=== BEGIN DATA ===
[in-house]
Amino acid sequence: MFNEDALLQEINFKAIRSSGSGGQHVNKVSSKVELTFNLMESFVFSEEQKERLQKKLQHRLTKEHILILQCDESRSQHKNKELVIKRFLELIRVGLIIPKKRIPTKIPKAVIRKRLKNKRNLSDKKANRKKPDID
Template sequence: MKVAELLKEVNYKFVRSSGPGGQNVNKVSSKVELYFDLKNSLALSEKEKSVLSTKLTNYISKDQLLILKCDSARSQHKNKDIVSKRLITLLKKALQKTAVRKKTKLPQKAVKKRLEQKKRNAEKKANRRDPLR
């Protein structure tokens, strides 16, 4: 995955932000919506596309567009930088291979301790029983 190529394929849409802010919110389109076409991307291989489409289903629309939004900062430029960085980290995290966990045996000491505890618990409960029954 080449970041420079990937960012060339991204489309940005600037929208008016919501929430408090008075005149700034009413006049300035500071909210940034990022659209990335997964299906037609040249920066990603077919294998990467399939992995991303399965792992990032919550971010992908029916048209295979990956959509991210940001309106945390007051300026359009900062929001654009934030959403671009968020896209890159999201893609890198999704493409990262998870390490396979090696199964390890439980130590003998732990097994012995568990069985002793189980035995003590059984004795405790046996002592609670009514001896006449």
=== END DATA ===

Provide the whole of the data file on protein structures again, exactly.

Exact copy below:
[in-house]
Amino acid sequence: MFNEDALLQEINFKAIRSSGSGGQHVNKVSSKVELTFNLMESFVFSEEQKERLQKKLQHRLTKEHILILQCDESRSQHKNKELVIKRFLELIRVGLIIPKKRIPTKIPKAVIRKRLKNKRNLSDKKANRKKPDID
Template sequence: MKVAELLKEVNYKFVRSSGPGGQNVNKVSSKVELYFDLKNSLALSEKEKSVLSTKLTNYISKDQLLILKCDSARSQHKNKDIVSKRLITLLKKALQKTAVRKKTKLPQKAVKKRLEQKKRNAEKKANRRDPLR
């Protein structure tokens, strides 16, 4: 995955932000919506596309567009930088291979301790029983 190529394929849409802010919110389109076409991307291989489409289903629309939004900062430029960085980290995290966990045996000491505890618990409960029954 080449970041420079990937960012060339991204489309940005600037929208008016919501929430408090008075005149700034009413006049300035500071909210940034990022659209990335997964299906037609040249920066990603077919294998990467399939992995991303399965792992990032919550971010992908029916048209295979990956959509991210940001309106945390007051300026359009900062929001654009934030959403671009968020896209890159999201893609890198999704493409990262998870390490396979090696199964390890439980130590003998732990097994012995568990069985002793189980035995003590059984004795405790046996002592609670009514001896006449």